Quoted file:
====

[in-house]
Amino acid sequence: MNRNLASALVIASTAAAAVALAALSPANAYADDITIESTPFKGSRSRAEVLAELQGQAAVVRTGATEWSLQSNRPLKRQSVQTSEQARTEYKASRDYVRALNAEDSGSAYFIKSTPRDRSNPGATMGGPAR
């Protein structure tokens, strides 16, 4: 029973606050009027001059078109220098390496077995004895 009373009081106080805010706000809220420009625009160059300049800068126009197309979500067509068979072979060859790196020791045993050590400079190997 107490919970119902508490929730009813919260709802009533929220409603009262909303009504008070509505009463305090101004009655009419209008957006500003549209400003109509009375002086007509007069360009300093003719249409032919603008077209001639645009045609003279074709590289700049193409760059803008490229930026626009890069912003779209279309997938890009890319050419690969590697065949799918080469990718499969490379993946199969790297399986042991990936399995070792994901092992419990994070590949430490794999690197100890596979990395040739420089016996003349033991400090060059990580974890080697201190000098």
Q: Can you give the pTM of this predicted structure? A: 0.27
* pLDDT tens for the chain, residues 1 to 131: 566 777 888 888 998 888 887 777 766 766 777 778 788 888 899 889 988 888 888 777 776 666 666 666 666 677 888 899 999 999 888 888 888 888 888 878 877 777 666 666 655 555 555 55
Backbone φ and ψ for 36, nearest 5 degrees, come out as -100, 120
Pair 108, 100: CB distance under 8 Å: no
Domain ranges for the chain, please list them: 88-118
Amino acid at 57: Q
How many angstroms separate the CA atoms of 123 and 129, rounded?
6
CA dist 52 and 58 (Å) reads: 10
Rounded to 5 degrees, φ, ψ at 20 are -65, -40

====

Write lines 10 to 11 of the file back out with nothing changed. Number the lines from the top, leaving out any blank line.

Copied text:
How many angstroms separate the CA atoms of 123 and 129, rounded?
6